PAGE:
Literary Names for Girls
Literary names for girls are derived from female characters in books from all genres and periods. Girl names from children's books are particular popular today, including Alice (in Wonderland) and Eloise (at the Plaza). Literary girl names from classic books such as Scarlett and Scout are fashionable.
Along with Eloise and Scarlett, other literary girl names in the US Top 300 include Daisy, Harper, Juliet, Maisie, Harriet, Bella, Arya, and Evangeline. Distinctive female character names with strong ties to their characters include Cosette, Snow Flower, Hermione, and Lolita.
Literary names for girls from books that have become television shows or movies such as Game of Thrones names or Hunger Games names have also found widespread use, with names such as Aria and Katniss used for non-fictional baby girls.
In the literary baby names category, as always, feel free to think about your own personal favorites.
Origin:French and English variation of Heloise
Description:To some, Eloise will forever be the imperious little girl making mischief at the Plaza Hotel, while the original version Heloise recalls the beautiful and learned wife of the French philosopher Peter Abelard, admired for her fidelity and piety.
Description:The name of the Roman goddess of the moon, Luna is derived straight from the Latin word for moon, luna. Luna’s divine complement is Sol, the god of the Sun. In Roman art, Luna is often depicted driving a chariot.
Description:Alice was derived from the Old French name Aalis, a diminutive of Adelais that itself came from the Germanic name Adalhaidis. Adalhaidis, from which the name Adelaide is also derived, is composed of the Proto-Germanic elements aþala, meaning "noble," and haidu, "kind, appearance, type." Lewis Carroll’s Alice in Wonderland popularized the name in modern times.
Description:Aurora is the name of the Roman goddess of sunrise whose tears turned into the morning dew. She was said to renew herself by traveling from East to West across the sky, announcing the arrival of the sun each dawn. Aurora is also associated with the scientific term for the Northern Lights, Aurora Borealis.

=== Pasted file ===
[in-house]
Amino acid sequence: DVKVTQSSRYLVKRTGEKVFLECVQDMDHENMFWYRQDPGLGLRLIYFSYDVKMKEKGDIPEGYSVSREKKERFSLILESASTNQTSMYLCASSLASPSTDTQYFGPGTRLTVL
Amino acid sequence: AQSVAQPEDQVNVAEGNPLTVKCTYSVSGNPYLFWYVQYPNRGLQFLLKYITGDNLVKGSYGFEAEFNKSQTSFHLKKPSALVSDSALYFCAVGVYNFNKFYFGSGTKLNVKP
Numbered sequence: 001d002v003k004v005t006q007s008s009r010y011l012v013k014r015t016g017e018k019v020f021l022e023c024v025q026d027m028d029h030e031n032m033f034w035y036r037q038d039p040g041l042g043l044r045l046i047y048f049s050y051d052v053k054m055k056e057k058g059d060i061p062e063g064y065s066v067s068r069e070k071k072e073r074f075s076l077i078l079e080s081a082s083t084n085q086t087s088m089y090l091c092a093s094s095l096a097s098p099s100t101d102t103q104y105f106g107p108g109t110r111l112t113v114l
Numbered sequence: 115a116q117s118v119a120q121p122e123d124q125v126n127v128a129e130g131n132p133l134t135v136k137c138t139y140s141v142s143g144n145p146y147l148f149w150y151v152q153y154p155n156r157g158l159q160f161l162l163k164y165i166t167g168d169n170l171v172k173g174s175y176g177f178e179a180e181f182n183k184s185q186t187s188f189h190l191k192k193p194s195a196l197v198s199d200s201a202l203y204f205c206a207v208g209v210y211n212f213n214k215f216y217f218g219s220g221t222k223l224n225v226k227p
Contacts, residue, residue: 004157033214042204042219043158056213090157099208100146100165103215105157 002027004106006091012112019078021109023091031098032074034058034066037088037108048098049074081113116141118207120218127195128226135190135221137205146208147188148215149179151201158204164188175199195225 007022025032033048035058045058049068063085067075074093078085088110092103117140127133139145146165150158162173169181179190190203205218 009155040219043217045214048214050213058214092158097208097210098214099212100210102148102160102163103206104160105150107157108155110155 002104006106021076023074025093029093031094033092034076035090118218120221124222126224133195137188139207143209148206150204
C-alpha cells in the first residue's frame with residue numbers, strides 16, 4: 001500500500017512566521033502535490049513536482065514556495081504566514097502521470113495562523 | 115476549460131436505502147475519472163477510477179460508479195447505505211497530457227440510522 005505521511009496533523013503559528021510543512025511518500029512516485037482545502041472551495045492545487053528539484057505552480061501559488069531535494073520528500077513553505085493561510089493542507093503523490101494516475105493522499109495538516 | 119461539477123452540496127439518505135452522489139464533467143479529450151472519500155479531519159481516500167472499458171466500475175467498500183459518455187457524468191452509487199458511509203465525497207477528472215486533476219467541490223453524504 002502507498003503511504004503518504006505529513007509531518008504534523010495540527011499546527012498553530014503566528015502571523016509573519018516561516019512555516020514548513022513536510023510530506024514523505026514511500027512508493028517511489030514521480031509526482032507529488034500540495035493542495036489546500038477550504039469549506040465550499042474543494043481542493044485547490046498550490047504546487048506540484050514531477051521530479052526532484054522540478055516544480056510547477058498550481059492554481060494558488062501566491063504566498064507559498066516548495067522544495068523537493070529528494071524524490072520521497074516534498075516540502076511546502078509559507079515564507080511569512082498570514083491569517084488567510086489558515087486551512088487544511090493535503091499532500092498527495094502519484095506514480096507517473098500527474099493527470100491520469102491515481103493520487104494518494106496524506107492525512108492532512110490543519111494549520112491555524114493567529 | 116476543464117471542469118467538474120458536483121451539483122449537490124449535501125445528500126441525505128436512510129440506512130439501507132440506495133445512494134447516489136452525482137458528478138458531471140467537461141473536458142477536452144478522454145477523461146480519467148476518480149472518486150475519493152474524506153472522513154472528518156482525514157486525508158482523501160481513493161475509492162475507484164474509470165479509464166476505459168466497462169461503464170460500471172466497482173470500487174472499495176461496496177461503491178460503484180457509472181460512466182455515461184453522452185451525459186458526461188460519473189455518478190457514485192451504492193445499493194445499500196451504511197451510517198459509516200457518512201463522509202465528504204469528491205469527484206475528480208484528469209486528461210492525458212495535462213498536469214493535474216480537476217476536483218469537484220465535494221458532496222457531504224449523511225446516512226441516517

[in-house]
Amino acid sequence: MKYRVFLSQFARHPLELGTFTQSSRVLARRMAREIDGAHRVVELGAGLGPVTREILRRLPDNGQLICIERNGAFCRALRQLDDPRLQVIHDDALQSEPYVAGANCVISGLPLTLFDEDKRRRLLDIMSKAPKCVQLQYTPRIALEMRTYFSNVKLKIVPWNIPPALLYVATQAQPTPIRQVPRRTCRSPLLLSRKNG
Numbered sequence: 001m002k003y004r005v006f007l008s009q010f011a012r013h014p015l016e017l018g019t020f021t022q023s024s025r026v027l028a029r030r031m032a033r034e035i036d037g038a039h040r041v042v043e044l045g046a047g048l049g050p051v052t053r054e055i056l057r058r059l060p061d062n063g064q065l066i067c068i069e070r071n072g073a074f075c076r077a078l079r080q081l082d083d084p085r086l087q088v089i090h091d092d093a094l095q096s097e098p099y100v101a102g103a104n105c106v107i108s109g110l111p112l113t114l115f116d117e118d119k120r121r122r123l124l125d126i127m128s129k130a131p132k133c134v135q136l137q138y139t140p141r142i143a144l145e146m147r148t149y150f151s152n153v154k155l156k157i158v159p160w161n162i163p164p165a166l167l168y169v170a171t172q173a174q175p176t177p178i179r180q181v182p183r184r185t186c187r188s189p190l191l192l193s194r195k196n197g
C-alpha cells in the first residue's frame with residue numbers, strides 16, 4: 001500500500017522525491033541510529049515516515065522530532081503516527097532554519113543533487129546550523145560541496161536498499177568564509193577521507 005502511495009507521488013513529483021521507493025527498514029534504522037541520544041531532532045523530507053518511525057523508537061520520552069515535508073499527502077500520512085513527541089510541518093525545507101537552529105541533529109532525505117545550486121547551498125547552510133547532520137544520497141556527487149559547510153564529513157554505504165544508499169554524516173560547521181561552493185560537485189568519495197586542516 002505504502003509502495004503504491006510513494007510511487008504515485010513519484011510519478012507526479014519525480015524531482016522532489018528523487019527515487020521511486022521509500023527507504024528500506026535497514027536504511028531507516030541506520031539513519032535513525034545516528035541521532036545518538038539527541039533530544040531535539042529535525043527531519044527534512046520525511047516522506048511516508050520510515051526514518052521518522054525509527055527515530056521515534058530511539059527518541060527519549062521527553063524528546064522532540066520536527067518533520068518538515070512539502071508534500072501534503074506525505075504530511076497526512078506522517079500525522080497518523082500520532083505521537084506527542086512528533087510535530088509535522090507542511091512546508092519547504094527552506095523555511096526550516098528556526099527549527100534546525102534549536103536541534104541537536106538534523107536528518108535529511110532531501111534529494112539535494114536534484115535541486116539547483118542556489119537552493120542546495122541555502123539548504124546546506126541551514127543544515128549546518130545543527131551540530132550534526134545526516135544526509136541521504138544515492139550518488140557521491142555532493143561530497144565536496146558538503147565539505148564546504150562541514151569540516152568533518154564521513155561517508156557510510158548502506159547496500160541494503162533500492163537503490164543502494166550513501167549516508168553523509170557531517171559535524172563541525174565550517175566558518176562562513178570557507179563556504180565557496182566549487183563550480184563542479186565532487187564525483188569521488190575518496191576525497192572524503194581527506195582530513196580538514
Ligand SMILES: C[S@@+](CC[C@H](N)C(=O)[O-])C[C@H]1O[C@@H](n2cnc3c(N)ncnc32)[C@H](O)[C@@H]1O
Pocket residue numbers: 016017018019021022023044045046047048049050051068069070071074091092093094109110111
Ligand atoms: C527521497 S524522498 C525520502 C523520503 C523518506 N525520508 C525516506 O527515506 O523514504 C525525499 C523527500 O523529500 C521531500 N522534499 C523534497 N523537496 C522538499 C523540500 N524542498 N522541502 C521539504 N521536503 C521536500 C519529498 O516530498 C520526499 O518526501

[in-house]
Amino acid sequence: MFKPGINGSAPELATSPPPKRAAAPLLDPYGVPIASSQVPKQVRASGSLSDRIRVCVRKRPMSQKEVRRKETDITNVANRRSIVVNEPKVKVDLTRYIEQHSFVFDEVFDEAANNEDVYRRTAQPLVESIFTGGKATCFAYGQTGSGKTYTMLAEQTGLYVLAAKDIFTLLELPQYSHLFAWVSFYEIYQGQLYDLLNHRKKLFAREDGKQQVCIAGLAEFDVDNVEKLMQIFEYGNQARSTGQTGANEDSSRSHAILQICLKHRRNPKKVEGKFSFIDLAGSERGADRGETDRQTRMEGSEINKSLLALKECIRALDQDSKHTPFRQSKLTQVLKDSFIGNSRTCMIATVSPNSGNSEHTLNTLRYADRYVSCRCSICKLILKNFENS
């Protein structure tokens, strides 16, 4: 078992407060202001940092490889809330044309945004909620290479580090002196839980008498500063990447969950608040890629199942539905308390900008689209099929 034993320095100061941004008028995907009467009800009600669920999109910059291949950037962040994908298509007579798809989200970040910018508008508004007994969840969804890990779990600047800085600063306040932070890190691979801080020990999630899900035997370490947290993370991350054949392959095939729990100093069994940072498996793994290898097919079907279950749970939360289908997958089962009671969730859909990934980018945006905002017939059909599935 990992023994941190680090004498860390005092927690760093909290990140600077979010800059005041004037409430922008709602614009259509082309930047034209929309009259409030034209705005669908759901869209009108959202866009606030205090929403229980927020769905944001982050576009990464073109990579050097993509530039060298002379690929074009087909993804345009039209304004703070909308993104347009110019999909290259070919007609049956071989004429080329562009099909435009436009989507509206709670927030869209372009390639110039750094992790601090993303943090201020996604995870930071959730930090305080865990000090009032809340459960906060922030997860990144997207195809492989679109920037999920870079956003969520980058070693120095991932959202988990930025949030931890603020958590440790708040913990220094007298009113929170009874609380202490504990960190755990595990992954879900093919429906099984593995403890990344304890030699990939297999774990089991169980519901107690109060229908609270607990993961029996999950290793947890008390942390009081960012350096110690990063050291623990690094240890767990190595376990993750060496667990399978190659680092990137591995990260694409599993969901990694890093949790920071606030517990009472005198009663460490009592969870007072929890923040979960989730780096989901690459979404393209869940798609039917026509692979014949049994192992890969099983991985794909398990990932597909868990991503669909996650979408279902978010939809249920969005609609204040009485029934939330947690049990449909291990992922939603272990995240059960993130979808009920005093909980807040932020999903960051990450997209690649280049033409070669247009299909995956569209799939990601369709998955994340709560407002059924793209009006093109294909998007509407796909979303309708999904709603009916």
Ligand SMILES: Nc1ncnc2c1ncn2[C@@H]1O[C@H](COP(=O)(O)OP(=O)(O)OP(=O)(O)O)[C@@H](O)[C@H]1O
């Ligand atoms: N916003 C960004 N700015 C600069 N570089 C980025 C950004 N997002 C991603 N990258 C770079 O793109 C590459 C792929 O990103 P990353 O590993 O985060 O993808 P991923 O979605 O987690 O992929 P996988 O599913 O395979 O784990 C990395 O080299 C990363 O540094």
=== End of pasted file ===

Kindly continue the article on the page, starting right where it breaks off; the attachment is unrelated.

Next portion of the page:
Meaning:"bearer of good news"
Description:Evangeline is a romantic old name enjoying a major comeback, thanks to its religious overtones, Eva's popularity, and the star of the TV megahit Lost, Evangeline Lilly. Evangelia and Evangelina — two variants of Evangeline — are sure to tag along for the ride.
Description:The comeback of this sweet vintage name, one of the most stylish girls' names starting with M, has been prompted by a boomlet of starbaby Matildas, beginning with chef Gordon Ramsey's in 2002 and Moon Unit Zappa's two years later. But the renaissance of this name of the charming Roald Dahl heroine was assured when Michelle Williams and the late Heath Ledger chose Matilda for their daughter.
Origin:Diminutive of Margaret or flower name, English
Description:Daisy, fresh, wholesome, and energetic, is one of the flower names that burst back into bloom after a century's hibernation. Daisy is now second only to Delilah among most popular girl names starting with D. Originally a nickname for Margaret (the French Marguerite is the word for the flower), Daisy comes from the phrase "day's eye," because it opens its petals at daybreak.
Origin:Scottish diminutive of Margaret or Mary
Meaning:"pearl or bitter"
Description:Maisie, a hundred-year-old favorite, is in perfect tune with today, rising in tandem with cousin Daisy. Spelled Maisy, it's a popular children's book series.
Meaning:"heart; daughter of the sea"